Jun 20, 2005
On June 13, the U.S. Senate voted a resolution to apologize for not voting a law against lynching. Between 1920 and 1964 (when Congress finally passed the Civil Rights Act), legislation had been sponsored several times, which would have made lynchings a crime; white Southerners voted down or filibustered such bills to death each time.
So the Senators have now finally apologized for not passing legislation. But the point is not what they failed to do! It's what the Senate and others did. By its actions, as well as its attitude, the Senate supported an entire repressive apparatus, made up of federal, state and local officials, of the judicial system and law enforcement agencies – all encouraging or carrying out lynchings and not just the 4742 recorded between 1882 and 1963.
Historians looking at the record say there were actually tens of thousands of lynchings in U.S. history – and not just in the South. They took place in at least 46 out of the 50 states, and created a real reign of terror.
The vast majority of those lynched were black people, but other minorities also faced illegal death from mobs – Jews, Italians, Latinos, Asians and American Indians, or native born white union organizers or anti-segregation activists.
Politicians promoted this decades-long human calamity starting at the end of the U.S. Civil War – and running up way beyond 1963. The constant threat of lynching was aimed at controlling the whole black population. It helped impose lower wages, terrible working conditions and the worst social conditions in the country on that population.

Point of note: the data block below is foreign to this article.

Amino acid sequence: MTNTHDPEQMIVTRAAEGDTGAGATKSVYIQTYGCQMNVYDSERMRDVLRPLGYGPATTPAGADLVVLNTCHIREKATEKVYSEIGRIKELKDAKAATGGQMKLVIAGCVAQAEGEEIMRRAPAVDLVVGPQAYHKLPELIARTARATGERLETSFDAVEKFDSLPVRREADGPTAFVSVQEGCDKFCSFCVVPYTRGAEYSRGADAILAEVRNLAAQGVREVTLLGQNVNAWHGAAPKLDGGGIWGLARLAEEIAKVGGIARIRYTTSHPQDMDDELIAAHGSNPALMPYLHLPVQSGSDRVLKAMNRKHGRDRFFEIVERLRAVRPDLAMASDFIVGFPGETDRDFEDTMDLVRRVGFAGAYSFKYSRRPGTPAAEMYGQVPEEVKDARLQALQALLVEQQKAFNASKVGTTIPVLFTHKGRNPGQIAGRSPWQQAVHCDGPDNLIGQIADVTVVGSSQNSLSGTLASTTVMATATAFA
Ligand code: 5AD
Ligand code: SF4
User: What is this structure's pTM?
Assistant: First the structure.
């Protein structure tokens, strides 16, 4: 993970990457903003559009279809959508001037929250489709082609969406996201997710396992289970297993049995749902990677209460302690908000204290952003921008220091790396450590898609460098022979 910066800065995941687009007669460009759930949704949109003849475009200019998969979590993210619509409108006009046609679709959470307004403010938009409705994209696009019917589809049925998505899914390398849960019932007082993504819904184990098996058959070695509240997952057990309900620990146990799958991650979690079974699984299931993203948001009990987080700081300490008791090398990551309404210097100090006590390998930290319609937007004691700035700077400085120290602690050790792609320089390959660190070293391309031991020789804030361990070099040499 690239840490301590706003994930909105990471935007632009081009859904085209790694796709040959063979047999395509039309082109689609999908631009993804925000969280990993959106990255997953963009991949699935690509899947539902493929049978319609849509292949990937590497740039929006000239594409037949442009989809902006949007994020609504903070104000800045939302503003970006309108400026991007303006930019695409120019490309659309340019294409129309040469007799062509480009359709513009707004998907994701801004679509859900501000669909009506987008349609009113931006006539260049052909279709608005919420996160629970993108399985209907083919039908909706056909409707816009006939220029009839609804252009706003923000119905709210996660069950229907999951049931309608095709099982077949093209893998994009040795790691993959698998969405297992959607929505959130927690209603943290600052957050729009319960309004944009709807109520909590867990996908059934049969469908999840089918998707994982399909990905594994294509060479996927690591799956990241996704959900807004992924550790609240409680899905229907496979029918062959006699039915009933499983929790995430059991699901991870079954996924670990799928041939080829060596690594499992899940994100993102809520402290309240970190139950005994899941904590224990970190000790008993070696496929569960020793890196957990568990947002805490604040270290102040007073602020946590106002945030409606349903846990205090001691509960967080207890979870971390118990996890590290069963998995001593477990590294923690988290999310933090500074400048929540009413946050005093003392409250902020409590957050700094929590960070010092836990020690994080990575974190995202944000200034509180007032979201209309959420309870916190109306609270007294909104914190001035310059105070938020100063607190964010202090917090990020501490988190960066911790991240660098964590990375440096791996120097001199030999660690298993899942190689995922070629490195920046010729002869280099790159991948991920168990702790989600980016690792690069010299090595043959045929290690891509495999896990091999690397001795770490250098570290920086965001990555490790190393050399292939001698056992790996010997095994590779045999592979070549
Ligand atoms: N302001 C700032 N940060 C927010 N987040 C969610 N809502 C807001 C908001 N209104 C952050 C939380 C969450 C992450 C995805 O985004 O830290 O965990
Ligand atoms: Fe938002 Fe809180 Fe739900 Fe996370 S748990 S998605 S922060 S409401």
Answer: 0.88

But the fact that the ruling class could impose these conditions on one part of the laboring population meant it could reduce the wages and living conditions of everyone – including those impoverished whites induced to be the torturers and executioners of their fellow workers. And the dehumanizing done to them can be seen still today in the photographs of Southern mobs laughing as lynching victims died. Many bought postcards of these disgusting events to send to others.
The entire situation in the South and parts of the rural Mid-West was reinforced by underfunded schools and by the preachers in their Sunday sermons. Before 1865, white preachers proclaimed from the pulpit that slavery was God's will. After the war ended, these same Christian ministers defended Jim Crow laws and the torture of black people, the beatings, arrests, false imprisonment and daily humiliations.
The legacy of this history still lies heavily on the black population today. And not just because almost every black family in this country knows of someone who was lynched.
Looking at this whole bloody reign of terror and the resulting human catastrophe, the Senate believes it can offer an apology. An apology?